Jealousy and Polyamory

Polyamory is supposed to be a relationship norm, filled with the abundance of love, and additional people that add joy and meaning to your life.  But what happens when our reptilian brain kicks in and presents us with that unwanted emotion – jealousy? How do you deal with it? React inappropriately, or use that green-eyed monster to strengthen your relationships and ability to communicate more effectively? Below are a few tips and tricks that can help you deal with jealousy in polyamory.  First things first, let us start with what Jealousy actually means in the romantic sense.

Romantic Jealousy is a complex of thoughts, feelings, and actions that follows a threat to self-esteem and/or to the existence or quality of the relationship. These threats are generated by the perception of potential attraction between one’s partner and a (perhaps imaginary) rival.


Jealousy is a fundamental human emotion that scientists have documented across multiple societies, and even in infants.  With that in mind, it should be noted that there exists a large group of polyamorous people who believe that jealousy should not exist if you have correctly adopted the practice.  Instead, they believe that you should be practicing an emotion called compersion, which is the opposite of jealousy. 

Compersion is an empathetic state of happiness and joy experienced when another individual experiences happiness and joy. In the context of polyamorous relationships, it describes positive feelings experienced by an individual when their intimate partner is enjoying another relationship.


While this sentiment is a beautiful ideal to strive for, the reality is that jealousy is an intrinsic emotion that exists in humans. We could temporarily ignore or attempt to snuff that part of us out. But it is far more sustainable to learn how to deal with jealousy, or at least acknowledge that it can rear its ugly head from time to time.  Here are a few things that have helped me over the years:


The first step is to acknowledge that jealousy is a natural emotion.  Once that is accepted, you can start to take steps to deal with it.  Jealousy is not insurmountable. While it has a strange habit of creeping up when you least expect, it is much easier to move forward if you are not trying to pretend it doesn’t exist.  For many years, I tried to pretend that I was not a jealous person by nature, and that in fact bit me hard in the butt. If I had spent more time learning how to deal with it, talk about it, and make a plan to move past it I would have been much farther along in my polyamorous journey.


When you feel jealous, take a deep breath, step back from the situation, and evaluate all the causes and actions that lead up to that moment of emotion.  What I find more often than not, is when my jealousy is at it’s peak, the cause is usually me feeling left out.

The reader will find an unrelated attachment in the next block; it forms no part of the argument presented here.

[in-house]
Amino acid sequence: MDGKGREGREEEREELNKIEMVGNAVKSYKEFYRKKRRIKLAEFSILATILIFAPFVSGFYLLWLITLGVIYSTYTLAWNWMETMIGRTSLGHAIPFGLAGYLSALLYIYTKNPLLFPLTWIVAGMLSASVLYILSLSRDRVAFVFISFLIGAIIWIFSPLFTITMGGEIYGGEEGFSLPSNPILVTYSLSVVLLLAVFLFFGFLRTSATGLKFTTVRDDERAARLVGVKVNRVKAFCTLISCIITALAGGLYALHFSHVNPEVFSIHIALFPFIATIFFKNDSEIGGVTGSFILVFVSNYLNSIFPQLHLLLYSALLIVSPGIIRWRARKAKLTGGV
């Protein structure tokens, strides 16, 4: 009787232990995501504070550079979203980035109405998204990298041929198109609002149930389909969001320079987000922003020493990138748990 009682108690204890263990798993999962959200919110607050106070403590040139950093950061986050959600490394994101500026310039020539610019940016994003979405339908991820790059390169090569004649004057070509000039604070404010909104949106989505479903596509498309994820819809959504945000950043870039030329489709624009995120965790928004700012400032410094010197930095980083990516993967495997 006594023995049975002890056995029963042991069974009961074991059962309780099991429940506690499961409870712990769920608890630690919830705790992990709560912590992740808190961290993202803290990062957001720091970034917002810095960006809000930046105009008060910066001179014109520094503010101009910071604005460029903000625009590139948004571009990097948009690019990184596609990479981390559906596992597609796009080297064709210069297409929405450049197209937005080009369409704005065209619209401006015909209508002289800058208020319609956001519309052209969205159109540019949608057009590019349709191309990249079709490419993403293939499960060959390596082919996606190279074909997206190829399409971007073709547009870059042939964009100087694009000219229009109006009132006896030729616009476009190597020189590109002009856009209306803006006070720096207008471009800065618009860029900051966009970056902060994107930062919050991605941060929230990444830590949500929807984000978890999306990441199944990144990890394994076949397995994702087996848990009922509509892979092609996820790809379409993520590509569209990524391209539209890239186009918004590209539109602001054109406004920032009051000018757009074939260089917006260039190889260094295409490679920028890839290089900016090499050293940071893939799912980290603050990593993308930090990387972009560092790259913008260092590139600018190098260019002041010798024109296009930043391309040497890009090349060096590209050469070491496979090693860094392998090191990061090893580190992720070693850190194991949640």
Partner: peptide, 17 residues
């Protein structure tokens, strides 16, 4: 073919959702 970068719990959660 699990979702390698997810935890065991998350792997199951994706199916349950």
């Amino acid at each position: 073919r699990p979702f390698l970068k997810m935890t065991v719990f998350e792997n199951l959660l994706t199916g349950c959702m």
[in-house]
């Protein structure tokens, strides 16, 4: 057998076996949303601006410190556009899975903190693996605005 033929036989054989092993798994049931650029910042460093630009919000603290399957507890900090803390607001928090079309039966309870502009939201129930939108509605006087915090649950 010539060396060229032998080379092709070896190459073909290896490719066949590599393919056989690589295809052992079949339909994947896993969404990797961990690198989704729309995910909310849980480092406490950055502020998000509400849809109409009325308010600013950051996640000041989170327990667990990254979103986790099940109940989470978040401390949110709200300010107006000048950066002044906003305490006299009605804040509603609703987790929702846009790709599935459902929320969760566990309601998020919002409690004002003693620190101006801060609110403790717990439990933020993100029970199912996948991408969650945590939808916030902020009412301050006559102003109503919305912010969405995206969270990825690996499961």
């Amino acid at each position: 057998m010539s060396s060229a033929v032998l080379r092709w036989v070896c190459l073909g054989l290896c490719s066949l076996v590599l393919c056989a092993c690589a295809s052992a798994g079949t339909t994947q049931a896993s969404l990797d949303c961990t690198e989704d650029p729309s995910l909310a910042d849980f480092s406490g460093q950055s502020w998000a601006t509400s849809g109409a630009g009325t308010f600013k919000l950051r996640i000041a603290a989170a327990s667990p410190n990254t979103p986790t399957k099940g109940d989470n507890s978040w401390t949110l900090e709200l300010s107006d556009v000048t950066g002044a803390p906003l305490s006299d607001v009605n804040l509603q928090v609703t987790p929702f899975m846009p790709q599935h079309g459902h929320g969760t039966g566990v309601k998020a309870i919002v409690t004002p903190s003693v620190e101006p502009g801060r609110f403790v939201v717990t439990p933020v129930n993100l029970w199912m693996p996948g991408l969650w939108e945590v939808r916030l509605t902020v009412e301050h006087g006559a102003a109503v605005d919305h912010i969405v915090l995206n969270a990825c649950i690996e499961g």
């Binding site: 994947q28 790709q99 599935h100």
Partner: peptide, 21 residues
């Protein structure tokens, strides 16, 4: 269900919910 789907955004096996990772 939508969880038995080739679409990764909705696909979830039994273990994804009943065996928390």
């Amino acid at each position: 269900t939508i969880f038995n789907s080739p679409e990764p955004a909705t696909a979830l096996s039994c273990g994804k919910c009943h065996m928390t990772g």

I don’t like sitting at home by myself knowing my partner is out having fun.  And that is not, as I learned by reflection, because of what he is doing, but because of what I am not doing. While this is just an example and will not be true for everyone, taking that moment to reflect on what really triggered that envious urge puts things into a more rational perspective.


This, by far, is the most difficult of the steps to dealing with jealousy.  Why? Because the most effective way of communicating is after the jealousy has passed and you can calmly discuss the situation and plan to move forward.  In the heat of the moment, passion will almost always supersede reason and not solve anything. This becomes a challenge because, often, jealousy is only remembered in the heat of the moment.  Very rarely do we even think about this feeling when we’re calm.

This really is a fight or flight response, and unless you make a conscious effort to discuss it at a future moment, it most likely will not get resolved.  The hope is that reading about being conscientious of your jealousy will trigger in you a small reminder that you and your partner need to talk about how to respond when the other person becomes jealous. 

Once the conversation begins, it’s always a great idea to recreate the last moment you became jealous.  Explain the sights, sounds, who, and what of the situation to your partner. I cannot tell you how many times doing this in a calm environment has lead to all of us bursting out laughing.  Was I really hungry at the time? Sleepy? Horny? Or just feeling left out? Or was it more serious? Perhaps the jealousy was a result of not trusting a new partner, or uncertainty in the situation as a whole. 

Discussing this in an open, calm and free environment will usually lead to the strengthening of your partnership. While it can be daunting, there exists a real sexiness in this level of vulnerability and intimacy.

So, go on.  Be brave and talk about your jealousy.  But do it after the emotion has passed, with clear heads, lots of support, and in the loving partnership that makes polyamory so amazing!

Krys is a sex positive blogger, podcaster, dating/relationship coach, and proud Canadian craft beer lover.…  

Leave a Reply

Your email address will not be published.

You may use these <abbr title="HyperText Markup Language">html</abbr> tags and attributes: <a href="" title=""> <abbr title=""> <acronym title=""> <b> <blockquote cite=""> <cite> <code> <del datetime=""> <em> <i> <q cite=""> <s> <strike> <strong>